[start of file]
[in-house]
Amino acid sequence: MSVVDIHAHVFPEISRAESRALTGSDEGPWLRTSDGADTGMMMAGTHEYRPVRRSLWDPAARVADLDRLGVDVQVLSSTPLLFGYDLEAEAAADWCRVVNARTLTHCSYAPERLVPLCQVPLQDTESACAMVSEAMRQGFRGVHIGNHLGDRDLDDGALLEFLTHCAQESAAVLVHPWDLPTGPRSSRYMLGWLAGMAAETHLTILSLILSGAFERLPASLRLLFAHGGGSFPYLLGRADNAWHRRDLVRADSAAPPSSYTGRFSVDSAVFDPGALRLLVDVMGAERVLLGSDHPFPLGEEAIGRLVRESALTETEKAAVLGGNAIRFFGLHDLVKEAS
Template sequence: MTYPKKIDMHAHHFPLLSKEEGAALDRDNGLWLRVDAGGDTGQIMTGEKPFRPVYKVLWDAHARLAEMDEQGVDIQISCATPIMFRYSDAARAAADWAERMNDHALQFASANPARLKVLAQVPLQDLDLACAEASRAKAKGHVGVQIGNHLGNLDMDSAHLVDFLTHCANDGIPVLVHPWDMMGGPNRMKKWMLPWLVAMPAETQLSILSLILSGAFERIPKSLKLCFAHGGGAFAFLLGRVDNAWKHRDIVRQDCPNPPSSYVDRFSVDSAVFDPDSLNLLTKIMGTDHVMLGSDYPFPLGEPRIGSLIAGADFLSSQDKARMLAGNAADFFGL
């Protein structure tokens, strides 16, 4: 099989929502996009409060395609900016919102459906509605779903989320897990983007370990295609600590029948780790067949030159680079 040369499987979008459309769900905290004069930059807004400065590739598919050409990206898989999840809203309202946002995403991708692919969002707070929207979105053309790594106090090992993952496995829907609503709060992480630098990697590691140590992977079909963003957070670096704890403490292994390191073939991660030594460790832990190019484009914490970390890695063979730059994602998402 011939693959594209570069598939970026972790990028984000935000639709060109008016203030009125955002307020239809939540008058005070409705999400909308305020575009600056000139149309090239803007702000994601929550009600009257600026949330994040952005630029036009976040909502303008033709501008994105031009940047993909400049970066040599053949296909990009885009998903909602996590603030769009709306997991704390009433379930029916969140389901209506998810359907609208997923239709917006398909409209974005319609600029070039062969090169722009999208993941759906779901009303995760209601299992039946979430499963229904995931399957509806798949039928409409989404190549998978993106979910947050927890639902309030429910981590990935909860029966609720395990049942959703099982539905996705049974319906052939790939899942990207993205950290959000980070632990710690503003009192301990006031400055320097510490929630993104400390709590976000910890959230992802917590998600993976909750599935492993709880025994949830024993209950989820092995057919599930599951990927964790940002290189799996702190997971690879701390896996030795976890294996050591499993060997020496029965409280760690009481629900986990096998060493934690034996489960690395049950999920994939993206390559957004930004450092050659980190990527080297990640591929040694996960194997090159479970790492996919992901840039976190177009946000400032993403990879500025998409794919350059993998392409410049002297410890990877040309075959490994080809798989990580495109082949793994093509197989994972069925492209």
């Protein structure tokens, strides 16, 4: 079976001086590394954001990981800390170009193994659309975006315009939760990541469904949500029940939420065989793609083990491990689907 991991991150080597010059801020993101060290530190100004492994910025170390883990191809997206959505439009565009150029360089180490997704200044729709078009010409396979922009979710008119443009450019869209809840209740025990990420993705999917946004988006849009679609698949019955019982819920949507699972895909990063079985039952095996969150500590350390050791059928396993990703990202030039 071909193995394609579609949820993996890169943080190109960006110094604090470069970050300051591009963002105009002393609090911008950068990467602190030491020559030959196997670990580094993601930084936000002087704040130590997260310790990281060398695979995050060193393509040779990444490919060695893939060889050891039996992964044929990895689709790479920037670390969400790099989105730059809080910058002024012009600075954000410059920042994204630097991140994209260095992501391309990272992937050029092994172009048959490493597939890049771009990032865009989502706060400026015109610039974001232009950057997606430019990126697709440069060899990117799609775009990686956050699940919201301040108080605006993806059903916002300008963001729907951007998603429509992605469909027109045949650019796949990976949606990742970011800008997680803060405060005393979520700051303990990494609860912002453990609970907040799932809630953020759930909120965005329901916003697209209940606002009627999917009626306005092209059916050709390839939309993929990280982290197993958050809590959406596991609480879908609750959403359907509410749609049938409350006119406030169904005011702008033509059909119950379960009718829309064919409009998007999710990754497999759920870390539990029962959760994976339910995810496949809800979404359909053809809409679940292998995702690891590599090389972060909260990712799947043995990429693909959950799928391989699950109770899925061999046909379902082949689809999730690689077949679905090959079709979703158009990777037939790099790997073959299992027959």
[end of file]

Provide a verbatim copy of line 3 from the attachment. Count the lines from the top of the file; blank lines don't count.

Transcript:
Template sequence: MTYPKKIDMHAHHFPLLSKEEGAALDRDNGLWLRVDAGGDTGQIMTGEKPFRPVYKVLWDAHARLAEMDEQGVDIQISCATPIMFRYSDAARAAADWAERMNDHALQFASANPARLKVLAQVPLQDLDLACAEASRAKAKGHVGVQIGNHLGNLDMDSAHLVDFLTHCANDGIPVLVHPWDMMGGPNRMKKWMLPWLVAMPAETQLSILSLILSGAFERIPKSLKLCFAHGGGAFAFLLGRVDNAWKHRDIVRQDCPNPPSSYVDRFSVDSAVFDPDSLNLLTKIMGTDHVMLGSDYPFPLGEPRIGSLIAGADFLSSQDKARMLAGNAADFFGL